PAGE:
Three teenagers including a 13-year-old girl have been jailed in Wales for causing the death of a motorist by their unruly behaviour in July last year. In fact it was a kind of stoning to death with a difference. The three were throwing stones and bricks at traffic on a busy road "for a laugh", a court heard. Caught in the chaos, John Wells, 29, swerved into an oncoming car. And that was the end of the man.
Judge John Curran of Merthyr Crown Court sentenced them all to jail, to varying periods. He noted stone throwing on the road was a "popular pastime among youngsters in the area despite warnings from police about the potential consequences.
AdvertisementLuke Cotter, now 16, a persistent offender with a string of previous convictions including criminal damage and making a hoax 999 call, was sentenced to four years' detention. His half-brother Alan Type, a year younger, was sentenced to three years, and the girl two years.
"I begin by making it clear there is nothing I can do or say, no sentence that can be passed that could put right the permanent feelings of grief, devastation and loss occasioned to the family of Mr John Wells who was entirely blameless and needlessly lost his life," the judge said.
He said the Heads of the Valleys A465 between Merthyr Tydfil and Dowlais, where the incident happened, presented enough dangers to motorists without their being targeted by stones.
Addressing Cotter and Type, he said: "You were throwing missiles, ranging in size up to half a house brick.
"It's clear from the evidence of individual motorists what you were doing was throwing them at windscreens ranging in size from heavy goods vehicles down to private motor cars, some of which contained families and in one case a small baby."
He felt that while the girl did not admit to actually throwing a stone, he considered it a joint enterprise.
The judge added: "While the prosecution take the view, in law, these defendants could not be held responsible directly for the death of Mr Wells, the fact is, as a result of what they were doing, an unknown motorist, perhaps for understandable reasons, panicked and stopped his vehicle on the carriageway.
"As a result, another driver, in my judgment it would appear blameless, had to swerve not only to avoid the debris in the road but also the car which had stopped in front of him.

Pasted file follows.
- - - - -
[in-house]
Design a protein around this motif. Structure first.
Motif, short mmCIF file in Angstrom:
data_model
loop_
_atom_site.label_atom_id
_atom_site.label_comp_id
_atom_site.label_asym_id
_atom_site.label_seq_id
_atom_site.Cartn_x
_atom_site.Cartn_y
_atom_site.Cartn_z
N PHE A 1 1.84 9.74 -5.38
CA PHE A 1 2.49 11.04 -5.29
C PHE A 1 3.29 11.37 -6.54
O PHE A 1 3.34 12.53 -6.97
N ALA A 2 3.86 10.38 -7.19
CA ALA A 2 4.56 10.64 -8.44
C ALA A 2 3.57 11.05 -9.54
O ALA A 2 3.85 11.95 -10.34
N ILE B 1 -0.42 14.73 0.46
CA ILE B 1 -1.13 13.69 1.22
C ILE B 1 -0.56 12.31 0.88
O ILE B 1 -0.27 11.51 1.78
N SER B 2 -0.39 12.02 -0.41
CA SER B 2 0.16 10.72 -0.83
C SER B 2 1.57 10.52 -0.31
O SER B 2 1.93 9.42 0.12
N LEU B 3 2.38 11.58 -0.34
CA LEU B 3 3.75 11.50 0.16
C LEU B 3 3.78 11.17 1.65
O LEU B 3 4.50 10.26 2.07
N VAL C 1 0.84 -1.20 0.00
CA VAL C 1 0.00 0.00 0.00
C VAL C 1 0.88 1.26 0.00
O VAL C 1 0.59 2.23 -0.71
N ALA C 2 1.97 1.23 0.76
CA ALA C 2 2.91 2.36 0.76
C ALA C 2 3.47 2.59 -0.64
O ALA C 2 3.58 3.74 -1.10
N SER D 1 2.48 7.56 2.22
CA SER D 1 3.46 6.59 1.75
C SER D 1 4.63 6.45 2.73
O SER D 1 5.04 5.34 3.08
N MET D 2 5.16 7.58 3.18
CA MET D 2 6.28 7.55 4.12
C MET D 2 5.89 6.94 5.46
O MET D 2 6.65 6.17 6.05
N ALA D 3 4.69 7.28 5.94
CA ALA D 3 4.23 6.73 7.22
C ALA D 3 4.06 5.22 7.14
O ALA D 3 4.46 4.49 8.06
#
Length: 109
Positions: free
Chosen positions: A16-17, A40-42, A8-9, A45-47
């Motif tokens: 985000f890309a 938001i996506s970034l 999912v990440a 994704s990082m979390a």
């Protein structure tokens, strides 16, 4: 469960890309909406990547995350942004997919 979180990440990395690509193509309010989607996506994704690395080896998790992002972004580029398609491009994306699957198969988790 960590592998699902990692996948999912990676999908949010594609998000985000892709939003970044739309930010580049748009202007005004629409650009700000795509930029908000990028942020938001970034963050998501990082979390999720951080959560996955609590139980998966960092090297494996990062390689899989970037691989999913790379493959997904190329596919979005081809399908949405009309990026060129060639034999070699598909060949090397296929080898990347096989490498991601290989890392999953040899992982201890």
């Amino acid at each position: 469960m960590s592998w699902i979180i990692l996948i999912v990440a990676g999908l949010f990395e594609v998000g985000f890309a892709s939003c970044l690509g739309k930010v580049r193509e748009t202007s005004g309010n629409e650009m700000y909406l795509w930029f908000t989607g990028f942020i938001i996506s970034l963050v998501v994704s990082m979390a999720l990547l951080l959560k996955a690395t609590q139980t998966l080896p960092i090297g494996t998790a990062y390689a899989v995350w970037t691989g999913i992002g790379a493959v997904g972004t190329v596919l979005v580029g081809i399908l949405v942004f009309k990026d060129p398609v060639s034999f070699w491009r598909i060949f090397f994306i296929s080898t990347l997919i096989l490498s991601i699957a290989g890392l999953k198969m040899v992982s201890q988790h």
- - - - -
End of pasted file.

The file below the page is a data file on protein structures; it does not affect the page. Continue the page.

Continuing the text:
"As a result a fatal collision occurred in which Mr Wells lost his life and the occupant of the other vehicle involved sustained a broken arm."
He said he considered their behaviour deliberate and malicious, rather than simply stupid.
Alex Greenwood, defending Cotter, had said the teenager accepted "a degree of moral culpability" for the tragic events which occurred.
Mr Greenwood said it was Cotter who had contacted the emergency services on seeing the crash happen.
He said Cotter had significant problems in his life, used drugs and suffered from ADHD (Attention deficit hyperactivity disorder).
Lucy Crowther, representing Type, described his behaviour as childish and said he was a follower, not a leader.
She said his family had been targeted by members of the community following the incident: "The community, while understandably horrified, have not responded with any dignity at all.
"The police have been called out as a result of attacks on the family and family home some 25 times since this incident."
Jane Rowley, defending the girl, said she was a naive child with learning difficulties, who lacked parental control and appropriate boundaries, Wales Online reported.
She said the girl, who is on the child protection register, had attempted to take an overdose because of her fear at being sent into custody.
Speaking outside court, Robert Coleman, an uncle of Mr.Wells, said he did not think the sentences were long enough.
"They all knew what they were doing, they're not little kids," Mr Coleman said.
"John was such a nice chap. He was going to represent Wales at kickboxing and was looking to open a kickboxing club for youngsters.
"He was a brickie by trade and was going into management, and he looked after his mother as well.
"He was in the process of buying a house with his girlfriend at the time."
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